Saturday, January 17, 2009

 

I kow I'm posting too much but.... Heres my collection of others "extruder rules of thumb".

Ok, so everyone seems to be struggling/working to find a better extruder ( whether that's the feeder mechanism, or the hot zone ( and transition zone).

I've just read nophead's beaut new heater/hot zone here: http://hydraraptor.blogspot.com/2009/01/fanless.html

and then there's geo's thermal modeling here:
http://geo01005-ideas.blogspot.com/2009/01/exturder-thermal-model.html

and then larry's hot zone working here too:
http://repstrap-cerberus.blogspot.com/2009/01/hot-stuff-first-extrusion-with-new.html


So what do we learn from all this?
1) thermal gradient zone from hot to cold MUST be critically short, to avoid jams.
how?
- thermally insulating material in gradient zone above heater (typically PTFE, sometimes stainless).
- reduced cross-section of material directly above hot zone reduces heat transfer by effectively using "air" as more of the insulating material. ( eg, remove threads and some metal in stainless components)
- use heat sinks at the top of the gradient, to distribute wasted heat that gets through the zone, and effectively drop temperature more suddenly. either large perpendicular ones, or circular turned ones work. Should be of thermally conductive material, contrary to the first point above.
- other points?

2) hot zone should be short, to avoid slumping and dripping, and keep heat focused and un-wasted.
- complexity of custom-made heater elements is daunting ( either nichrome, or other engineered solution)
- minimise the thermal mass of the hot zone ( make it small), including hte nozzle.
- insulate the key areas ( the hot area, and the tip), either with fibre-glass, high-temp silicon blanket, or with PTFE ( typically just over the tip), to improve efficiency, reduce convection, and stabilise the temp ( keep the tip as host as the rest).
- connecting to non-hot-zone areas via the "thermal gradient" area is non-trivial.

3) nozzle constriction zone (ie section of small hole) should be as short as practical to reduce the internal pressure, and hence load/wear on the motor and parts.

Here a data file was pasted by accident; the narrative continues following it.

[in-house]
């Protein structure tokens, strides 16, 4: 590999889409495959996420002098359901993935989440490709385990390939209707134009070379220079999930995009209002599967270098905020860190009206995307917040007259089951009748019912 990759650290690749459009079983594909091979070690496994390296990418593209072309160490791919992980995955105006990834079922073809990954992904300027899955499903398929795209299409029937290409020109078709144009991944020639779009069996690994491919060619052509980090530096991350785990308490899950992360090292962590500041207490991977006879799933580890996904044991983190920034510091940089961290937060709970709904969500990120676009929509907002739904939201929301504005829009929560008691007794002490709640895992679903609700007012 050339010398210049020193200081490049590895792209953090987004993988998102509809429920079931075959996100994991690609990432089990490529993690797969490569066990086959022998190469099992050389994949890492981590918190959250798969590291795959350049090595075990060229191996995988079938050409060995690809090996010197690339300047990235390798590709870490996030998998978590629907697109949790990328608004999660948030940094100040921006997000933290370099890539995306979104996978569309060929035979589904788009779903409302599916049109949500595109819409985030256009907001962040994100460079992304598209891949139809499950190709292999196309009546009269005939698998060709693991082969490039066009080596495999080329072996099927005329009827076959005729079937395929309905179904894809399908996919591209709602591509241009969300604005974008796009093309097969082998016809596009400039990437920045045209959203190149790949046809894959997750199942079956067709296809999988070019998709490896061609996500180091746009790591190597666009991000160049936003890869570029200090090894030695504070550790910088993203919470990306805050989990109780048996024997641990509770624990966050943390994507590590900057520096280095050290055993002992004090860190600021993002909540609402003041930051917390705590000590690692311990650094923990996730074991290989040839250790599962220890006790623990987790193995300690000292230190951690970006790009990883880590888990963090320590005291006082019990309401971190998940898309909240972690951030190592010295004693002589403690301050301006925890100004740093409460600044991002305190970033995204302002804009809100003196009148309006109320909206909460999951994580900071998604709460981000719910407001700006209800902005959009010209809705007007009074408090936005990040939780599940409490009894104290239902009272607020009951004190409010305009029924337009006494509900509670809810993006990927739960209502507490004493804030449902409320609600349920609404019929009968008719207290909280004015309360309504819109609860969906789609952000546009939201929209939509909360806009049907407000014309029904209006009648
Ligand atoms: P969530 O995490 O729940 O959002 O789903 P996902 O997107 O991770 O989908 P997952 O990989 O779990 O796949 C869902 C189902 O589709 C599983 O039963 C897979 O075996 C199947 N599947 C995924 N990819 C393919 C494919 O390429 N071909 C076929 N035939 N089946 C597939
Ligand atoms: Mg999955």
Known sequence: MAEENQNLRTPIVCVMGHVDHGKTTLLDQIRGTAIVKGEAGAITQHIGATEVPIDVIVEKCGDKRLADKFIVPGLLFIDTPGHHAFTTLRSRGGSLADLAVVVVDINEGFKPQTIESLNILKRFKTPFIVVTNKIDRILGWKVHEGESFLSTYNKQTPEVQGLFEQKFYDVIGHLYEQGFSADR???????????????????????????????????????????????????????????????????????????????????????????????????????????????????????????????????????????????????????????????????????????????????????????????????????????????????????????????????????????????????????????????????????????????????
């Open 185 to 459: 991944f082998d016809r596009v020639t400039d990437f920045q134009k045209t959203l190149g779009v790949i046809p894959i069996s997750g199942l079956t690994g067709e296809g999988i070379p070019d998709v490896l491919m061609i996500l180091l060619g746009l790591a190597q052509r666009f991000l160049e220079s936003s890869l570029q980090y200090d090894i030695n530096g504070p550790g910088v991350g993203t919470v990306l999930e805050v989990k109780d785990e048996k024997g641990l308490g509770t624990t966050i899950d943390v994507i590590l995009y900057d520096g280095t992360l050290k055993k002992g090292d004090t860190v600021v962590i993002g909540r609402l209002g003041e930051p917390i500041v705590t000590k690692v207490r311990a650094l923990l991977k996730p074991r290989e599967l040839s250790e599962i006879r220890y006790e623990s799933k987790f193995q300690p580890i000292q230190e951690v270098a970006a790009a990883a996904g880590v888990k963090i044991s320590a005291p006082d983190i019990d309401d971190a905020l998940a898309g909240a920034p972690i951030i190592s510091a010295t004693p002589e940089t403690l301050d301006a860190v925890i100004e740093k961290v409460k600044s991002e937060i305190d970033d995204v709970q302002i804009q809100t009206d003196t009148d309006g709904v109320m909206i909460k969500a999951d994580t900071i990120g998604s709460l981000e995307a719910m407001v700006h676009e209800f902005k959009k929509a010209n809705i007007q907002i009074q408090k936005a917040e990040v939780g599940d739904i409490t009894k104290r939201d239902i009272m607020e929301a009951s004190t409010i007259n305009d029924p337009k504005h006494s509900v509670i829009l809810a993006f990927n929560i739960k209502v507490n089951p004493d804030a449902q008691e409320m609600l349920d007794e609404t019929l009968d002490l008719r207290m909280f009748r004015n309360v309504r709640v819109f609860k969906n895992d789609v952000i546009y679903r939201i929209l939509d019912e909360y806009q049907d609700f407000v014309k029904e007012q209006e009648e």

- carefully engineer this part for minimised thermal mass, or buy it from those that can.
- should be removable, as it is known to jam, or need swapping.
- modified acorn-nut, or custom-lathed brass parts are both the norm, and both work well.

Anything else I should have included?

Buzz.

P.S. Has anyone done a water-cooled thermal-gradient zone? It seems like it's the best way to do this. I think I have to try. :-)

Comments:
One comment on the nozzles. I don't know that anyone has ever tried this back in the early days, but how about mechanical pencil tips? I have been dismantling some of them and I think that *some* could work pretty well. Why drill these tiny holes if we can but a part off the shelf. I have been looking at both threaded types and non-threaded types, sizes 0.7mm, 0.5mm and 0.3mm. I think this should really get it's own topic. Sorry for posting here, but not many people read my blog(for good reason) and this is an important topic.
 
"how about mechanical pencil tips?"

Yeah, it's been tried by a number of people. The thing that you have to remember about the extruder orifice is that the distance between the exit of the orifice and the inside of the extruder barrel has to be as short as possible lest you get eaten up by the friction generated by pushing highly viscous molten plastic through a very narrow channel. With my extruder that distance is running 0.1 mm max.

Think about how long that channel will be in a mechanical pencil tip and you will quickly see the problem.
 
Yet too short a distance will cause your extrudate to swell more once it exits the orifice. A 5 mm extrusion (5 mm orifice) becomes 6-7 mm again. This is probably less if it's kept squeezed for a bit longer. So there's an optimum width and depth to keep pressure (from friction) reasonable and the filament small. The new feeder mechanism might cause us to worry less about pressure and extrude smaller filament faster (more resolution and retaining speed).
 
I am not sure that is true Erik. Higher pressure causes more die swell so a shorted exit should need less pressure and so cause less swell.

Having said that I haven't noticed much difference in die swell with different nozzles. The hole size affects it. The smaller it is the more swell you get. Different plastics swell more, HDPE much more than ABS. The faster you extrude the more it swells.

However, I just stretch it back down to the nozzle hole size so its pretty irrelevant.
 
BTW, I have another easy to make heater:
hydraraptor.blogspot.com/2009/01/yet-another-quick-heater-hack.html
 
Thanks for explaining.

Yes, I had read the topic. I like the idea of just having to connect two endpoints of a resistor. When kept long enough, the thin leads probably won't even get too hot to solder them. I even added the resistor to our ordering list. It would make for a nice and compact heater.

Have you thought about two of these resistors (with twice the resistance) in parallel. This way the heater barrel would be heated from two sides.
 
Yes, my ALCLAD version had two 12R in parallel. I will try one to start with and may add another if I find it is needed.
 
I am using welding nozzle tips which you can buy from screwfix and halfords. They are made from copper(I think) and come with predrilled 0.6 and 0.8 holes and have M5 threads on the top.(5 for £4) They have worked Ok but cause jams due to their length, I have now shortened one and it is running better. As soon as I get some decent runtime I will let you know more.
 
Post a Comment

Links to this post:

Create a Link



<< Home

This page is powered by Blogger. Isn't yours?

Subscribe to
Posts [Atom]